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Oxford’s first rapid charger helps council vehicles go electric

Oxford’s first rapid charger in Oxford has now gone live; part of plans to deliver a ‘world-first’ charging network to support widespread EV adoption.

The Energy Superhub Oxford project will see a hybrid battery, said to be the largest ever deployed, to power a 10km network of charging stations to kickstart an “EV revolution”

The 50kW rapid electric charger has been installed at the Cowley depot for ODS, the city council’s wholly-owned company and a provider of vital services including waste collection.

The innogy eMobility rapid charger forms part of the Energy Superhub Oxford (ESO) project, led by Oxford City Council and Pivot Power and marking one of four demonstrator projects in the UK. Intended to provide a blueprint for other cities and countries, the scheme will use a commercial hybrid energy storage system, said to be the world’s largest, to power a 10km network of charging stations.

The project, supported by a £41m grant by Innovate UK, has also seen the installation of 32 fast 22kW chargers, which will be trialled by ODS alongside new EVs; the company is adding 34 new electric vehicles this year and aims to electrify 25% of its 330 fleet by 2023.

But it’s the rapid charging point that’s most significant as it will enable the first electric heavy goods vehicle to start work in the city, saving 27 tonnes of CO2 emissions every year. This will rise to a saving of 750 tonnes of CO2 a year once all 27 refuse carts are electric.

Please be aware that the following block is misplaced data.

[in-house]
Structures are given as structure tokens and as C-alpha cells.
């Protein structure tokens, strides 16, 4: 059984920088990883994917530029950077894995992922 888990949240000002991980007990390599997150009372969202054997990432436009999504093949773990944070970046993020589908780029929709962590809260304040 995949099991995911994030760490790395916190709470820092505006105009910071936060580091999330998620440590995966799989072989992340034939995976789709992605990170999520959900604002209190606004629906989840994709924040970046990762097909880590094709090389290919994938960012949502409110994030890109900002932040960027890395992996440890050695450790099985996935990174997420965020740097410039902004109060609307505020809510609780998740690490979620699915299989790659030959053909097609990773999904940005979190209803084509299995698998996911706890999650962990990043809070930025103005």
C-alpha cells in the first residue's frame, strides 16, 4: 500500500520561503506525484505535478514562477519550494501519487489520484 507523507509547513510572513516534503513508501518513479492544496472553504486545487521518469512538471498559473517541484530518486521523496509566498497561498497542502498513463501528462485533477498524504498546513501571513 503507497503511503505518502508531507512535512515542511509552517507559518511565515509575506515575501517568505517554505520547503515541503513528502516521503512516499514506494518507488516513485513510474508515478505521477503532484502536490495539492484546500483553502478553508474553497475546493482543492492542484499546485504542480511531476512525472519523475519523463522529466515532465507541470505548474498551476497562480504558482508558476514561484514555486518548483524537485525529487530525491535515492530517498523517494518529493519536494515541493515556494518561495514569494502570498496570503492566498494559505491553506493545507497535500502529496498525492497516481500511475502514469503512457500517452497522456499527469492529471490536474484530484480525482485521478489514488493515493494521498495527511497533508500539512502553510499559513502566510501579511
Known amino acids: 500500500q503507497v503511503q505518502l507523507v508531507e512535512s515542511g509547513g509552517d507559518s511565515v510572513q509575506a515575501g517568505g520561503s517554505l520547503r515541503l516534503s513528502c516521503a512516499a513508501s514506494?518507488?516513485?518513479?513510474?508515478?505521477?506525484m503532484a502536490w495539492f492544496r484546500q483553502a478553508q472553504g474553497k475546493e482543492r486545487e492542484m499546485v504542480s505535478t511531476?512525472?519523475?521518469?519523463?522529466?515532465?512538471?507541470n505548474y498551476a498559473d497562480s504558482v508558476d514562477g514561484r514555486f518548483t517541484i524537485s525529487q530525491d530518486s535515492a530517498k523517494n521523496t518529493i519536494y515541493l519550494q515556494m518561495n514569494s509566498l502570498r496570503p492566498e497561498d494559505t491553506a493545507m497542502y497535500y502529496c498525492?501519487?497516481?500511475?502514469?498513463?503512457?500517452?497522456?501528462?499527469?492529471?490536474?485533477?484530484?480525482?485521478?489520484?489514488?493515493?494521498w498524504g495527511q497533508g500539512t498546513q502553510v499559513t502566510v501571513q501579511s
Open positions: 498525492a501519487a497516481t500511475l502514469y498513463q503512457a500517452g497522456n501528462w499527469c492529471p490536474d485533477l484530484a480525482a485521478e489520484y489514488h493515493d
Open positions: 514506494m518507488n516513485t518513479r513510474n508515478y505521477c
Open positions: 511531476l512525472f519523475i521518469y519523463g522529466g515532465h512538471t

The charging points will provide practical information to help ODS understand driving behaviour and identify potential efficiency improvements across its fleet.

The use of RFID cards or App authentication means only authorised drivers will be able to charge their vehicles, ensuring the fleet remains operational at all times. ODS will retain control of its charging infrastructure and the data created by its users, and will be able to record results against climate change objectives.

The chargers also use smart technology to dynamically manage the load between priority and routine vehicles as well as the available energy on site.

In the longer term, the chargers will connect directly to ESO’s EV charging network which will be optimised alongside the new super battery, providing significant amounts of power for rapid EV charging at key locations around the city, including the public superhub at Redbridge Park & Ride.

Councillor Tom Hayes, deputy leader and cabinet member for Green Transport and Zero Carbon Oxford , Oxford City Council said: “Every vehicle powered by electricity helps to reduce the council’s emissions and address our climate breakdown and air pollution problem. The chargers’ smart technology will also help to achieve smarter ways of working which should benefit the council as a whole.”

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Written by Natalie Middleton

Natalie has nearly 20 years of fleet journalism experience, previously as assistant editor on the former Company Car magazine before joining Fleet World in 2006. Prior to this, she worked on a range of B2B titles, including Insurance Age and Insurance Day.

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